The growth of vehicle exports in 2022 mimicked similar trends of rising vehicle re-exports to other EAEU countries such as Kazakhstan and Kyrgyzstan, leading some economists to suspect the final destination of some of these cars may be somewhere else, like sanctions-hit Russia.
Armenian media outlets have also taken note of the significant rise in Western car imports after the two-year hiatus. Some attributed the rise to war-related restrictions on the export of American and European cars to Russia, leading Russians to use Armenia as a transit country to buy cars from abroad.
They noted, however, that another factor has been newly introduced customs policies in Armenia allowing the import of certain quotas of electric cars duty-free.
In addition, the National Bank of Georgia attributed growth in Georgian exports more to the rise in prices of goods across the board than the rise in trade volumes – which also increased, but to a lesser degree.
Cars account for most of Georgia’s exports to Azerbaijan, but unlike the EAEU member Armenia, the trade here has been more stable, with export values exceeding $200 million annually over the past five years.
In imports, Georgia relies on Azerbaijan for most of its natural gas, which made up more than half of imports from the country ($302 million in the first 11 months of 2022), growing again after a slight drop during the pandemic years. In Armenia’s case, copper ores and concentrates made up about 65 percent of all imports. The copper ores, however, do not stay in Georgia but are re-exported to other countries through Georgian ports.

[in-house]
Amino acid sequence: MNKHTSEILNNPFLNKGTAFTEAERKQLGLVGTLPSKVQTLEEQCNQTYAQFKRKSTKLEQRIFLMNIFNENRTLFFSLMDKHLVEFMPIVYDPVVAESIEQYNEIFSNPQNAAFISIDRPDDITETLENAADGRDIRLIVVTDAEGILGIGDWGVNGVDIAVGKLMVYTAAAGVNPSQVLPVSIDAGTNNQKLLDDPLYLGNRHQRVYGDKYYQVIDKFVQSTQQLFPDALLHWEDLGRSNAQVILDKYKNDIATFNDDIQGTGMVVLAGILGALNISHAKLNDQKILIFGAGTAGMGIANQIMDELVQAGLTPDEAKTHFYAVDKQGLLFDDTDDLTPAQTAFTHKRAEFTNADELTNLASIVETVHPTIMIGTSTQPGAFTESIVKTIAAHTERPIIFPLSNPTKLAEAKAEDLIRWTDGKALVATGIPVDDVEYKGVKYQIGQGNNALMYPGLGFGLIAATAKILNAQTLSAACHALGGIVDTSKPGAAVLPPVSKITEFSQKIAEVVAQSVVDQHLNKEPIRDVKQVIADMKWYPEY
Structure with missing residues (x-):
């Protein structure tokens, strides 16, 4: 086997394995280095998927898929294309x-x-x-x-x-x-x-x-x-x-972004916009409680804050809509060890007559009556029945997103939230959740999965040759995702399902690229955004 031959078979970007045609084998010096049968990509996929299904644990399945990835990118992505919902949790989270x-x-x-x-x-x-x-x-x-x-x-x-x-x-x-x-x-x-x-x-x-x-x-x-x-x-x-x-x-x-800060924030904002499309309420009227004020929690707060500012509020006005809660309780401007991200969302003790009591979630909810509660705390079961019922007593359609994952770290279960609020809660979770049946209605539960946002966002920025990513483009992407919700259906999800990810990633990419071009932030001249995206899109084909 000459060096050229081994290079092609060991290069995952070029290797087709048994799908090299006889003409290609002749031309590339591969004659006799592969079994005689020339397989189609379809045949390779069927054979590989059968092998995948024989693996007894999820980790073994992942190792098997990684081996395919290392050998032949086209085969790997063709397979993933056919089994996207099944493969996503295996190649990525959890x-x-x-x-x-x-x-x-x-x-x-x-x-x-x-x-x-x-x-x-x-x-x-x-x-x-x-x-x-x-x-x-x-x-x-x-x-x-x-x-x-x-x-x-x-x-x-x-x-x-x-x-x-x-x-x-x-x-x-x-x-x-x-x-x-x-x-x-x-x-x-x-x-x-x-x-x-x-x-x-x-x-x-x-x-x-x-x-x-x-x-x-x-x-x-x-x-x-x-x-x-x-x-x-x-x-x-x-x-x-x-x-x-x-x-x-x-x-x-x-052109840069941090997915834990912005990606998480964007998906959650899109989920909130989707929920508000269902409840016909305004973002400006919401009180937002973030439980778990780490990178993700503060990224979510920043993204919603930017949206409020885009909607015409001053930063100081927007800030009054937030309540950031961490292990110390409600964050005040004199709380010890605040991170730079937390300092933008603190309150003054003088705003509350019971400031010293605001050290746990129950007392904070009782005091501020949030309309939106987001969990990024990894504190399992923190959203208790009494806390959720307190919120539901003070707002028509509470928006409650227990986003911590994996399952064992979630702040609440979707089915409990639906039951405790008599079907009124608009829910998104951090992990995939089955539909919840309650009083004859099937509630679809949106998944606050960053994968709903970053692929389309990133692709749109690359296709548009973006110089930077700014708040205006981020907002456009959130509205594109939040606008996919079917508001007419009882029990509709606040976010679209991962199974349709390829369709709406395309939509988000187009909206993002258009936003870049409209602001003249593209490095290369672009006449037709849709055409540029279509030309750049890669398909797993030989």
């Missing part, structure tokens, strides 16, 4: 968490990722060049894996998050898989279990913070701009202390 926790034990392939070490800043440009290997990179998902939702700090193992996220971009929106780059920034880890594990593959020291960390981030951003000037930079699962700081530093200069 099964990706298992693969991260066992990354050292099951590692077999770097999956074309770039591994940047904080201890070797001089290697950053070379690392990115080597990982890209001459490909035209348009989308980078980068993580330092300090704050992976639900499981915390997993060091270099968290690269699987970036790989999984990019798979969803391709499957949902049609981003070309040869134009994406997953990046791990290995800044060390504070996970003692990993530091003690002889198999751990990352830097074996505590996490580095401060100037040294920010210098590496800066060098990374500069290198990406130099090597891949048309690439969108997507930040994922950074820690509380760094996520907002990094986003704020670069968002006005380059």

But while Georgia's current trade with the two South Caucasus countries does not enjoy much diversity, there is one trade area with growth potential: electricity generation.
Georgia has seasonally exported and imported electricity from both of its neighbors over the years. But in 2022, Armenia exported to Georgia more electricity than its total exports over a full decade, from 2011 to 2021. Hakob Vardanyan, Armenian deputy minister of territorial administration and infrastructure, attributed the trend to simplified export procedures. The construction of a new transmission line between Armenia and Georgia is also planned.
This comes as Georgia hopes to increase electricity output and seeks, along with Azerbaijan, to seize new export opportunities to Europe. It is also inviting, in general terms at least, Armenia to get involved in new deals.
“We discussed cooperation in energy, the potential and opportunities for both countries to produce electricity,” Georgian Economy Minister Levan Davitashvili told reporters on January 12 during the Georgian government delegation’s visit to Armenia.
According to Davitashvili, this type of cooperation is aimed at “supporting each other’s energy independence and security and also to use the new opportunities that Georgia finds in terms of connecting to Europe, in terms of electricity transit and trade.”
Arshaluis Mgdesyan contributed reporting.
Nini Gabritchidze is a Tbilisi-based journalist.